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40+ photos from Bristol Pride’s politically charged 10th anniversary

40+ photos from Bristol Pride’s politically charged 10th anniversary

The city came out in force to celebrate the 10th anniversary of Bristol Pride.

Thousands of people flooded the street of the English city on 13 July 2019 despite the threat of rain from the clouds above.

Unlike some of the larger Prides across the UK, anyone can join the march. Meaning alongside the occasional corporate float, the parade felt much more political – with everyone from trans rights witches to fighters of bi-erasure leading the charge.

The parade began in midtown, before heading through the city center and ending at Canon’s March. The whole thing took an hour.

Good news for people celebrating Pride as there were no disruption from anti-trans groups. There were religious protesters at the march, though the crowd drowned out their calls of ‘unnatural’ with ease.

But after the parade, celebrations continue around the city with several different after parties. Mel C will be at The Downs with London-based drag collective Sink the Pink. Sophie Ellis-Bextor will also be performing.

While this is the tenth anniversary of the current iteration of Bristol Pride, the first march actually took place in 1977. The organizers also wanted to celebrate the 50th anniversary of the Stonewall Riots and the beginnings of the LGBTI rights movement.

Witches and migrants

People kept the political message at its heart. One of those were the Queer Witches for Trans Liberation – two flat mates combining environmentalism, anti-capitalism, and the need for trans rights.

Emma, 38, from Bristol, and Kieran, 31, spoke to us at the parade.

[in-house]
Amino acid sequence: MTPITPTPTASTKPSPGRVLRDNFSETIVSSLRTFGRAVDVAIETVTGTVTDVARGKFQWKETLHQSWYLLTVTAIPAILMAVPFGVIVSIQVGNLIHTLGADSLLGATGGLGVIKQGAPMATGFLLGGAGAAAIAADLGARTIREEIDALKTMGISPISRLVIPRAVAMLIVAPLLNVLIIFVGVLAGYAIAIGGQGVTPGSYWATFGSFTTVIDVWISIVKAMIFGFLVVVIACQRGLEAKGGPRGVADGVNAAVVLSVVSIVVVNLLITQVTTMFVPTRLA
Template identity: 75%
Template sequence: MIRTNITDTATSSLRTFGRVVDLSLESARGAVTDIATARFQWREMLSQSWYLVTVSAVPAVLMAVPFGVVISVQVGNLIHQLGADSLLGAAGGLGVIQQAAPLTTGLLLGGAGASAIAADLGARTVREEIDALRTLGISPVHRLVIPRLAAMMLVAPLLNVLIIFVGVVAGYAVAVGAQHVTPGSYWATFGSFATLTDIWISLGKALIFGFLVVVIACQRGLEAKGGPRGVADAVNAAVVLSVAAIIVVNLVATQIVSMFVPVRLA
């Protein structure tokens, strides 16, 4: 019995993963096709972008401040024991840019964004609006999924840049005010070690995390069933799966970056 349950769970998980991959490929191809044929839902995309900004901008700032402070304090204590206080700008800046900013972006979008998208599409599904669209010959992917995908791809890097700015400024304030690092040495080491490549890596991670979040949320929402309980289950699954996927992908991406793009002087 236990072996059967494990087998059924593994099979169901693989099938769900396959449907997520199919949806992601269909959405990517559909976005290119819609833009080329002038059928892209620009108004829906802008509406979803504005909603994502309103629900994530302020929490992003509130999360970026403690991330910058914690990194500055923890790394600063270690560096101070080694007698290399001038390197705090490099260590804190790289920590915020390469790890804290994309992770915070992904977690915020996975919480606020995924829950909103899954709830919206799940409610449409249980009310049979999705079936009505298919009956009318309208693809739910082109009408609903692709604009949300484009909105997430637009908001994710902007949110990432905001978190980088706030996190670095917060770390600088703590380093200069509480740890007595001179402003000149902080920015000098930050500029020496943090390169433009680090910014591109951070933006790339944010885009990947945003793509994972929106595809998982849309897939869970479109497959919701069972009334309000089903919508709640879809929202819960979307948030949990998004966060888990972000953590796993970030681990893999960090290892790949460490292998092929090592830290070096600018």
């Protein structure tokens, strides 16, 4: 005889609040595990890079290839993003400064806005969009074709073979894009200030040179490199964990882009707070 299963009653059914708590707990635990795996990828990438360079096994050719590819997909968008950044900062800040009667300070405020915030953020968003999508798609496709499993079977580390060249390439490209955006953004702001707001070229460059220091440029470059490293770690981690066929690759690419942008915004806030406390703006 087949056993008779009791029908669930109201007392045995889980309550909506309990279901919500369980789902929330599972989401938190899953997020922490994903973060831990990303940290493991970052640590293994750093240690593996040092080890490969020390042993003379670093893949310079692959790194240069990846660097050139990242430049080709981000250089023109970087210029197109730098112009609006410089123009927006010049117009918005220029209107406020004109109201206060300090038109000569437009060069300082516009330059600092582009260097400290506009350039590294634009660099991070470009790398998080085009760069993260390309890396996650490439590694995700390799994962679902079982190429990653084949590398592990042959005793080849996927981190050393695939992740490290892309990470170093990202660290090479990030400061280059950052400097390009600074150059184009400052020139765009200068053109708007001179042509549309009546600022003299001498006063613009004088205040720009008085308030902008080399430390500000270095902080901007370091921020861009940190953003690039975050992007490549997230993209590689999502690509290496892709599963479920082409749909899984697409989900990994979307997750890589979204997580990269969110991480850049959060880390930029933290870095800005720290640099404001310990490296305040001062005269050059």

Emma told Gay Star News: ‘We just want trans people to be free. Just for it not to be an issue anymore. Not acceptance, not tolerance – liberation and freedom.’

When asked what message they want to send out for Pride, Kieran said: ‘The intersectionality between caring about the environment, nature and other people. We’re also all wearing black as we’re protesting rainbow capitalism.

‘There’s a lot of banks here today, supermarkets giving away plastic bags with rainbows on, which is really bad for the environment.’

The Lesbians and Gays Support the Migrants also came out in force and were collecting at the end of the parade.

We spoke to Josh, 26, who told us the message they wanted to send out this Pride: ‘We’re standing in solidarity with migrants, refugees, asylum seekers – anyone who’s facing attacks by the home office under the hostile environment policy. In the spirit of lesbian and gays supporting the miners strikes in the 80s.

‘It’s important that queer people of all types stand in solidarity with those who’ve been oppressed in very similar ways to the ways we faced oppression over the years.

‘So today we’re raising money for Pride Without Borders. They are a group of queer refugees and asylum seekers who offer peer support and practical support to one another.’

The anti-LGBTI preacher

But other Christians sent messages of love

Despite the angry Christian corner and the strong political tones, the main message was of solidarity in the LGBTI community. Thousands of people wore their flags – rainbow, trans, pansexual – and marched together as one community.

Also, loads of incredibly good dogs.


See also

16+ photos from the biggest UK Black Pride ever

35+ pictures of this year’s beautiful, trans-inclusive Pride in London